I’ve worked with leaders who have invested in me. Leaders who go from good to great invest in their proteges. Holistically. They see their proteges as extensions of themselves, their work, and their ministries. They keep the big picture ever before them. They see into 50 years down the line after they will have left the stage. They pour out their lives into building others, not just their proteges. By doing that, they’re building a high rise, not a thatched house. By doing that, they’re digging their wells. And they’re digging it real deep. Let me tell you something, Kate, John, and Bryce. Recently, I read a Bible passage in the Gospel of John that I’d love to share with you. You can look up John 4:11-12. It’s about Jacob’s Well. Bible Scholars say that well was 105 feet deep, seven and half feet in diameter, and had in it fifteen feet of water. It was walled with masonry to a depth of about ten feet, below which was cut through solid rock. It was dug through a thick bed of soil to limestone rock. This well showed the ancient engineering skills and how much work the diggers put in. The digging of that kind of well must have been a back-breaking, labourious and costly undertaking. That’s why it lasted for generations after Jacob, and was still producing water at the time about which the author wrote. Tell you what, folks? Great leaders dig deep wells. Because they want their well to still produce water after they are long gone. That’s the greatest investment any leader can ever make. That’s how great leaders live, long after they’re dead and gone.”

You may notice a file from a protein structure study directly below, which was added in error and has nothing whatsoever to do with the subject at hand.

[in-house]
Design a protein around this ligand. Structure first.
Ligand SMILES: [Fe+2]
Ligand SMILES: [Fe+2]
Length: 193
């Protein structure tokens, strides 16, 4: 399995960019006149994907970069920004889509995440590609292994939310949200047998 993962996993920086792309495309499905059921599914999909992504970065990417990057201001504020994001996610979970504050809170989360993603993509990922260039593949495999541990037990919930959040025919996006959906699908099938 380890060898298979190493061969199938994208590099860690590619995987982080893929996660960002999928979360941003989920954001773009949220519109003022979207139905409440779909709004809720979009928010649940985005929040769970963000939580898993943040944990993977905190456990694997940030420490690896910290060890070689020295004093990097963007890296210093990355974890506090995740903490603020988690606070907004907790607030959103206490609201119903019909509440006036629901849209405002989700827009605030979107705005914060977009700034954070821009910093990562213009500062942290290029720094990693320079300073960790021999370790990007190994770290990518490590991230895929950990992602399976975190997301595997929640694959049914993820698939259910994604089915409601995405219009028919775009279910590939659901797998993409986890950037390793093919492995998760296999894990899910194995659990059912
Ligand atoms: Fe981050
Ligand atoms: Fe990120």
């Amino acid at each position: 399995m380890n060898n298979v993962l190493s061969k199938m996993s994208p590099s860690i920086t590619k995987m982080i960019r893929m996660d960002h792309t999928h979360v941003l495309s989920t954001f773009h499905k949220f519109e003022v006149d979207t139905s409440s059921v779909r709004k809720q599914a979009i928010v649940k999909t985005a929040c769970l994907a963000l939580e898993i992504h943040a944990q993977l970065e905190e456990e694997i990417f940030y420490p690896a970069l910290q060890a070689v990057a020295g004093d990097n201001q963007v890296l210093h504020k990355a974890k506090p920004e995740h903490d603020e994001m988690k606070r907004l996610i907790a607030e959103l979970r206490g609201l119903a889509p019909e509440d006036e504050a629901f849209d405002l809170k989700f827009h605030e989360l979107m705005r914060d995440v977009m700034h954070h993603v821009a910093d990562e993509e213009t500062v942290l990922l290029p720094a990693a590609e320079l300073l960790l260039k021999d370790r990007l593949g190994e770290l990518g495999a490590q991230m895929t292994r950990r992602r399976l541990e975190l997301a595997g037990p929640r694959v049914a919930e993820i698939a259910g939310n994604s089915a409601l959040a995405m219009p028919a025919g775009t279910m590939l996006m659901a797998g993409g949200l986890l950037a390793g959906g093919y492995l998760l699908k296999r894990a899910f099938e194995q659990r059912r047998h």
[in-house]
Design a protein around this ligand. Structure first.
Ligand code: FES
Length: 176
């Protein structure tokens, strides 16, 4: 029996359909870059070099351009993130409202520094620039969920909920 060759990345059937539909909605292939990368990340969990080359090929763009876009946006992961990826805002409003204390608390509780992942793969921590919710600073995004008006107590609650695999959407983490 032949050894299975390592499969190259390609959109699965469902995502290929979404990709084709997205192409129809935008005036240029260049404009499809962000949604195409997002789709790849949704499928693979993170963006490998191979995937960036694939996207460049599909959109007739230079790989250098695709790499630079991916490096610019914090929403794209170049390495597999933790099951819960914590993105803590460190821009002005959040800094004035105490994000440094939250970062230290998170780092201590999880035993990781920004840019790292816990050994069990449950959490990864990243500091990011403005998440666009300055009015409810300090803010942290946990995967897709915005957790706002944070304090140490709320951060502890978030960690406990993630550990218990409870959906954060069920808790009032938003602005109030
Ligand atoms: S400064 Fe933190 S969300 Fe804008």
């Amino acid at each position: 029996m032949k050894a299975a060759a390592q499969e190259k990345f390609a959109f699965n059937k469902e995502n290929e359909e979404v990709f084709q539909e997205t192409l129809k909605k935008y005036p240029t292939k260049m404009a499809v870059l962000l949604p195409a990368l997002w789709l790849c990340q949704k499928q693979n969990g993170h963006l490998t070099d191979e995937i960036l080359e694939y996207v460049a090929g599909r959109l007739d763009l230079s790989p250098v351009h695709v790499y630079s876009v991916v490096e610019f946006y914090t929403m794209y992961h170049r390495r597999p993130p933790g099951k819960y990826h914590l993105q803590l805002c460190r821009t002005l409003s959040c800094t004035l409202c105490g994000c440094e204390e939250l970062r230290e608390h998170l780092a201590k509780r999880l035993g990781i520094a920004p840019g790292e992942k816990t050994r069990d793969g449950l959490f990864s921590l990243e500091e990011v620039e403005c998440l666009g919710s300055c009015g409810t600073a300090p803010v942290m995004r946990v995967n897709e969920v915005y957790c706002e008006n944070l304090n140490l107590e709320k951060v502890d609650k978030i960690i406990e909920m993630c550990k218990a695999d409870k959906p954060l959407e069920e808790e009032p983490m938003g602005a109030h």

“I, John, have had the profound privilege of working with, and serving under secure leaders who are comfortable in their skin. Need I say this? Great leaders are secure. Very secure. They wear the praise on others. When they win awards and accolades, they give others the credit. They depersonalize operations. They are humble. They are not obsessive about people pleasing them. They are comfortable to work with others who disagree with them. They are not authoritative and dominating. They don’t cow people into line. They have learnt how to handle criticisms. They are not defensive. I have served under leaders who admit that they were wrong. Great leaders apologize to the proteges when they are wrong. They are not defensive. They have nothing o prove. They don’t need to prove that they are the boss. They show they are humans, and humans are fallible. I get really broken – in the positive aspect of brokenness – when a leader comes back to tell his protege, ‘You were right; I was wrong. I blew it; pardon me.’ It is very rare to find such leaders. I have had the profound privilege of serving under few of them. Even when I moved on from them, we still keep in touch. We are bonded for life.  Such leaders, I say again, are very rare. They are not self-promoting or competitive. And you know what? They intentionally create opportunities for people to grow. I have experienced this kind of leadership. I long for more of it.”